Skipalong R. H. Truitt Racer 34   Roberts / 1       2   60  
Stranger   Racer     Simplex / 1   7 ½ 7 ½ 4      
Talequah M. H. Niles Open Launch 20.4 3.1 Edr / 1 1 4 4 2   3.28 33.3
The Barber Chas. Barrett Racer 39.7   Barber / 1 4     4   200  
Vim Geo. F. Baker Jr. Racer 25   American & British / 1 4 4 5 4   31.08 74.70
Whim R. E. Vanderhoof Racer 24.1   Watertown / 1 3 5 5 2   28.8 67.3
WillowBrook* W. H. Moffatt Racer 35   Sterling / 1 8 5 ½ 6 4   100 89/64
Wolff II John E. Wolff Racer 39.9 4.5 Smalley / 1 6 5 ½ 5 ½ 2 850 110  
*Willow Brook was the former Buffalo Courier

 

Racing Results of the Season
Name Event Where Held Date Distance Elapsed Time H M S Corr. Time H M S Started Place
Admiral Detroit MBC Detroit, Mich. July 5 8 18 03 15 29 6 1
Anna NY-Albany-NY New York City July 3 270 36 46 00 33 20 00 15 10
Arab III Inter-Lake YRA Toledo, O. Aug. 22 20 43 45 38 14 6 1
" " " Aug. 24 30 1 05 28 1 05 28 4 3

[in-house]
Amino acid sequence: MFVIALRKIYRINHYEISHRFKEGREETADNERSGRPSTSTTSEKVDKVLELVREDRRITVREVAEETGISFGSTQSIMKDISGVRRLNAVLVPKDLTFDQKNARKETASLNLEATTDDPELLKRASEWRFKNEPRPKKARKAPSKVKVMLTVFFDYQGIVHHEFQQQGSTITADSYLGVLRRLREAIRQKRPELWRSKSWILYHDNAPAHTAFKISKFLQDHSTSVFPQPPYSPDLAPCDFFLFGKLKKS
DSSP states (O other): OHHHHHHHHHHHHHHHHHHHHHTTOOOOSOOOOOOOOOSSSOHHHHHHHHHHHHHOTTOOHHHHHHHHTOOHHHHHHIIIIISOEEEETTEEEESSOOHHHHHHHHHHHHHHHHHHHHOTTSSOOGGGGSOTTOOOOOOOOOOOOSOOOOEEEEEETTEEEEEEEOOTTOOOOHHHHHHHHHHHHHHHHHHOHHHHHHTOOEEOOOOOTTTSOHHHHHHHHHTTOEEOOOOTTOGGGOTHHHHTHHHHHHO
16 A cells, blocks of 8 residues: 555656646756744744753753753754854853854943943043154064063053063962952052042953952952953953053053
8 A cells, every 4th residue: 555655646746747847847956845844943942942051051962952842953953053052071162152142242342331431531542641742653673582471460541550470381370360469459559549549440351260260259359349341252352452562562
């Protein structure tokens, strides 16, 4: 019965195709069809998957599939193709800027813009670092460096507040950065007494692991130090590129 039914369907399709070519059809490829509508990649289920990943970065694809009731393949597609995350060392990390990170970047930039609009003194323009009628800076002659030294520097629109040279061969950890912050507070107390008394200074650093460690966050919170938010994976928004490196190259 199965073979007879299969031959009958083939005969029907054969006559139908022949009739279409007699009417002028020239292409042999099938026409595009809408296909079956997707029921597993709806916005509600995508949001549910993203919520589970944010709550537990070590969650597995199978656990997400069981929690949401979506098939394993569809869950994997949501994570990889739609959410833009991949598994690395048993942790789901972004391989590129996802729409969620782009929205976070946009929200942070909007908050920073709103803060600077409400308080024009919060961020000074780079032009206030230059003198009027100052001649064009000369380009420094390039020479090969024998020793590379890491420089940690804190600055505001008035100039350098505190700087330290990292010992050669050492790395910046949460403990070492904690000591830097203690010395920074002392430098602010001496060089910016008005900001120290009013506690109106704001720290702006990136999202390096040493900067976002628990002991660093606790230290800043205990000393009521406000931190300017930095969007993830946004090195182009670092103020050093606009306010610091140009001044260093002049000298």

Buffalo LC Buffalo, NY Sept. 4 10 21 42 21 42 5 2
Artful Hudson River YRA Tarrytown, NY Sept. 6 20 52 57 52 57 2 1
Barbara II Hudson-Fulton Yonkers, NY Sept. 29 30 1 50 29 1 38 48 8 4
Blue Bird Detroit MBC Detroit, Mich. July 5 8 42 06 42 06 6 6
Bunk II NY-Albany-NY New York City July 3 270 34 50 00 30 13 00 15 6
National Carnival " " Sept. 15 20 2 22 26 2 09 38 6 2
" " " " Sept. 16 20 2 21 32 2 08 44 6 5
Den " " " " Sept. 15 30 1 29 27 1 28 47 8 3
" " " " Sept. 16 30 1 30 30 1 29 50 3 2
" " " " Sept. 17 30 1 30 11 1 29 31 3 1
" " NY-Poughkeepsie-NY Sept. 18 115 6 03 04 5 46 59 6 1
Hudson-Fulton Yonkers, NY Sept. 29 30 1 42 11 1 32 44 8 2